Horace Silvers enduring legend and continual creative pursuit of new of new music are the drive behind his career. Rockin With Rachmaninoff keeps the ball rolling and its not slowing down.
Silver's earliest musical influence was the Cape Verdean folk music he heard from his Portugese-born father. Later, after he had begun playing piano and saxophone as a high schooler, Silver came under the spell of blues singers and boogie-woogie pianists, as well as boppers like Thelonious Monk and Bud Powell. In 1950, Stan Getz played a concert in Hartford, Connecticut, with a pickup rhythm section that included Silver, drummer Walter Bolden, and bassist Joe Calloway. So impressed was Getz, he hired the whole trio. Silver had been saving his money to move to New York anyway; his hiring by Getz sealed the deal. Silver worked with Getz for a year, then began to freelance around the city with such big-time players as Coleman Hawkins, Lester Young, and Oscar Pettiford. In 1952, he recorded with Lou Donaldson for the Blue Note label; this date led him to his first recordings as a leader. In 1953, he joined forces with Art Blakey to form a cooperative under their joint leadership. The band's first album, Horace Silver and the Jazz Messengers, was a milestone in the development of the genre that came to be known as hard bop. Many of the tunes penned by Silver for that record "The Preacher," "Doodlin'," "Room 608" became jazz classics and have been performed and recorded by many musicians including Louis Armstrong, Sarah Vaughan, and Dizzy Gillespie among others. These same songs set a new standard in using soul in jazz. By 1956, Silver had left the Messengers to record on his own. The series of Blue Note albums that followed established Silver for all time as one of jazz's major composer/pianists. LPs like Blowin' the Blues Away and Song for My Father (both recorded by an ensemble which included Silver's longtime sidemen Blue Mitchell and Junior Cook) featured Silver's harmonically sophisticated and formally distinctive compositions for small jazz ensemble.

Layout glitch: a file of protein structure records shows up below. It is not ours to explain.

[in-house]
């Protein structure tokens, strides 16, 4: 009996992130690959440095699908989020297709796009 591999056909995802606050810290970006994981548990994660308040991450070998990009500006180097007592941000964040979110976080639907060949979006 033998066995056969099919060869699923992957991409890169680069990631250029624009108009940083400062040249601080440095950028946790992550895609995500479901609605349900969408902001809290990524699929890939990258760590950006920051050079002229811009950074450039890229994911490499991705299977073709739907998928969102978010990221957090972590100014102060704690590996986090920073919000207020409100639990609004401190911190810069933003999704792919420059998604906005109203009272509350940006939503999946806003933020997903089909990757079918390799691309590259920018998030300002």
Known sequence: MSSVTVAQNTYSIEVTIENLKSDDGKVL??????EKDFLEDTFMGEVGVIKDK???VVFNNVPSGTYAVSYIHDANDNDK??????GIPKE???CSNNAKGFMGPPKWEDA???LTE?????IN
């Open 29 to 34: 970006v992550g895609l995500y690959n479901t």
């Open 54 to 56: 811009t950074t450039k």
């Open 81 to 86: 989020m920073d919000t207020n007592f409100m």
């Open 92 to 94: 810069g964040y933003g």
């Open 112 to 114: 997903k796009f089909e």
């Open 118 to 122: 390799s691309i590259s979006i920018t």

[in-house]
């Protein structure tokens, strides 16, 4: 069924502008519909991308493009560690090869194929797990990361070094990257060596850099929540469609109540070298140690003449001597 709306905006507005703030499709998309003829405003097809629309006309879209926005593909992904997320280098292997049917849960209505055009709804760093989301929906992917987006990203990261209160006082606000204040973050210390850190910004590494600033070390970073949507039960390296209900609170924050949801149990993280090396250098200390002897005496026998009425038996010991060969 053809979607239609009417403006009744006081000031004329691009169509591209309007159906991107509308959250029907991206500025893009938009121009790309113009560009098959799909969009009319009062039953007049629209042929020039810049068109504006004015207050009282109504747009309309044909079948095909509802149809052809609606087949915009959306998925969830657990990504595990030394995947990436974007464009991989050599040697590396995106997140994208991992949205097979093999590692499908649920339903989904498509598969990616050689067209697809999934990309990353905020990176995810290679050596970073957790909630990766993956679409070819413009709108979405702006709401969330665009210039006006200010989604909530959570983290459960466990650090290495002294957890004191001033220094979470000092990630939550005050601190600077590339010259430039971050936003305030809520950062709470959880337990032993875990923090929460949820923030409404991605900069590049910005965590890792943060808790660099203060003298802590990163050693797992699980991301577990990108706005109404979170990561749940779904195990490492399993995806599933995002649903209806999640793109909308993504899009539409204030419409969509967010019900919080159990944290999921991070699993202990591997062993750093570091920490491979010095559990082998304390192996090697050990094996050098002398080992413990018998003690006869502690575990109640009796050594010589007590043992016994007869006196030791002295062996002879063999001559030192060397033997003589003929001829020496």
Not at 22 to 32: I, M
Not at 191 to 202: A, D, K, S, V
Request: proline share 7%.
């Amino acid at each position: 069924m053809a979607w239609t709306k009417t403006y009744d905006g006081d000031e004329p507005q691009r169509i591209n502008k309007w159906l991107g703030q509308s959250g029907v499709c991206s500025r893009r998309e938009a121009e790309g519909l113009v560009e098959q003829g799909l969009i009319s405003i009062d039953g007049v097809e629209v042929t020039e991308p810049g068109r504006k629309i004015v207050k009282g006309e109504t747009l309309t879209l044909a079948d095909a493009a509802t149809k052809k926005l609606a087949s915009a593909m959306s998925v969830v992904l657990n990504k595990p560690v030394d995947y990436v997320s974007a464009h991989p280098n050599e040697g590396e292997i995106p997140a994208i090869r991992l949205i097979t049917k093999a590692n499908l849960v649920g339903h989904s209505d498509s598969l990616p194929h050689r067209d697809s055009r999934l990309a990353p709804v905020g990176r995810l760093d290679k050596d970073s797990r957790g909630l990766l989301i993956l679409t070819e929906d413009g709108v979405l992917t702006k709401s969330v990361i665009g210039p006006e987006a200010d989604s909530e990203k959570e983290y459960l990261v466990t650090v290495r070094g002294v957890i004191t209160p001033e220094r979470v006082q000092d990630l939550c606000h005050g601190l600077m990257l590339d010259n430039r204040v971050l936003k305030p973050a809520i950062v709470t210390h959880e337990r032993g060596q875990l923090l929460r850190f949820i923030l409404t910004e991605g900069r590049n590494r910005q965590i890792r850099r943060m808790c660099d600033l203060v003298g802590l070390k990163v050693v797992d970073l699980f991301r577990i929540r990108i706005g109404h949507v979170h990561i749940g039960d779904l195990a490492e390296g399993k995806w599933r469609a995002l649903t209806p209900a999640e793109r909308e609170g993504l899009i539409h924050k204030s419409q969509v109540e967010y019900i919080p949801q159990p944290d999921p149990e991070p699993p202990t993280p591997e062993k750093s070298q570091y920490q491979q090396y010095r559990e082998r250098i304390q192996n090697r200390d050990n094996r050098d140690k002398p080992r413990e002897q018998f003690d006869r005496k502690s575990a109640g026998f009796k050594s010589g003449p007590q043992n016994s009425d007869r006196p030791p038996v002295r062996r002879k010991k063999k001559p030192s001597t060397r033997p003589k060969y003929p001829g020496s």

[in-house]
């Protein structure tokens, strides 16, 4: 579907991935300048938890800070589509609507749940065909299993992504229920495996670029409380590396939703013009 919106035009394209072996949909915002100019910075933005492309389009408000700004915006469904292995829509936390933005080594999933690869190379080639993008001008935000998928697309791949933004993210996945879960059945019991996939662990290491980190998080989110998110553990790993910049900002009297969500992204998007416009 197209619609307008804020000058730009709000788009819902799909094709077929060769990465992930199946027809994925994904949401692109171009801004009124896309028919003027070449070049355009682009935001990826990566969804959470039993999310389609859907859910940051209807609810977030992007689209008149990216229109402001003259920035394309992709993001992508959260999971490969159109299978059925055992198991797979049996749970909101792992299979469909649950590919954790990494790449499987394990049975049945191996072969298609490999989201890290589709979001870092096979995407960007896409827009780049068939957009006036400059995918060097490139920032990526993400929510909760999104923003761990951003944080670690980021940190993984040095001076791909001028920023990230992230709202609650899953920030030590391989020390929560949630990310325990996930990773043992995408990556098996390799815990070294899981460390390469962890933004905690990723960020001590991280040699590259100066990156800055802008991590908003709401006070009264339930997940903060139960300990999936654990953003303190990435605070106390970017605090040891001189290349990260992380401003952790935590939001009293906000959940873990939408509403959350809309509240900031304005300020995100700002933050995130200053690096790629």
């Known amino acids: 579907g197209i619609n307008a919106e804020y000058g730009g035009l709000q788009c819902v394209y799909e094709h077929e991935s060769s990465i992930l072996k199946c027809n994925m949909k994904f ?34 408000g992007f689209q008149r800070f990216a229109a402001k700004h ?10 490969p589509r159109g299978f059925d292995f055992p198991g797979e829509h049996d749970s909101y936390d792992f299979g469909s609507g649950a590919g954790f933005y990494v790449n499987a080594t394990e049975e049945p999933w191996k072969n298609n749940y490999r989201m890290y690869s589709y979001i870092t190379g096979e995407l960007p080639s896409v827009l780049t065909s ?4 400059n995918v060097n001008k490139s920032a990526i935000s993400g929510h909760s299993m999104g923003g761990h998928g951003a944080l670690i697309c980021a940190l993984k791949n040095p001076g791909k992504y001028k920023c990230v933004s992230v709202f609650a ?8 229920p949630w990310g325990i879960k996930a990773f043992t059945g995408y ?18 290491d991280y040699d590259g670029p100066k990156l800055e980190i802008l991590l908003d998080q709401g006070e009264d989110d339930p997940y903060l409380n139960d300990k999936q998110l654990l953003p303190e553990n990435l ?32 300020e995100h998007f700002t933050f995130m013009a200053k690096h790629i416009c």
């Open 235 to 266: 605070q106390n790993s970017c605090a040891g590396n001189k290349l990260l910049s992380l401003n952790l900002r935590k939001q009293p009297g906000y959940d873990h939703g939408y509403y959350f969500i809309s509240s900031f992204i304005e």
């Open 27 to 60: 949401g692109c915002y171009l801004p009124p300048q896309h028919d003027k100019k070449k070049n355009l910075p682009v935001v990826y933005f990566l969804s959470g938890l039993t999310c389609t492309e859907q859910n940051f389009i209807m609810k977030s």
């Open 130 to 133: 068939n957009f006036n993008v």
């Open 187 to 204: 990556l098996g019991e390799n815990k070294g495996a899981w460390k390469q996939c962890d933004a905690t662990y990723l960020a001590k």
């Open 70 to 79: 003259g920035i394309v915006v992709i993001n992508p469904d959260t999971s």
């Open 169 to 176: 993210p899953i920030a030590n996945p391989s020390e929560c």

The concept of "Rockin With Rachmaninoff" is based on a dream of Silvers in which Duke Ellington and Rachmaninoff meet in heaven. Rachmaninoff is then introduced to many jazz greats such as Louis Armstrong, Thelonious Monk, Coleman Hawkins, Muddy Waters, Mahalia Jackson and many others. These jazzy tales converge many of the great styles largely pioneered by Silver.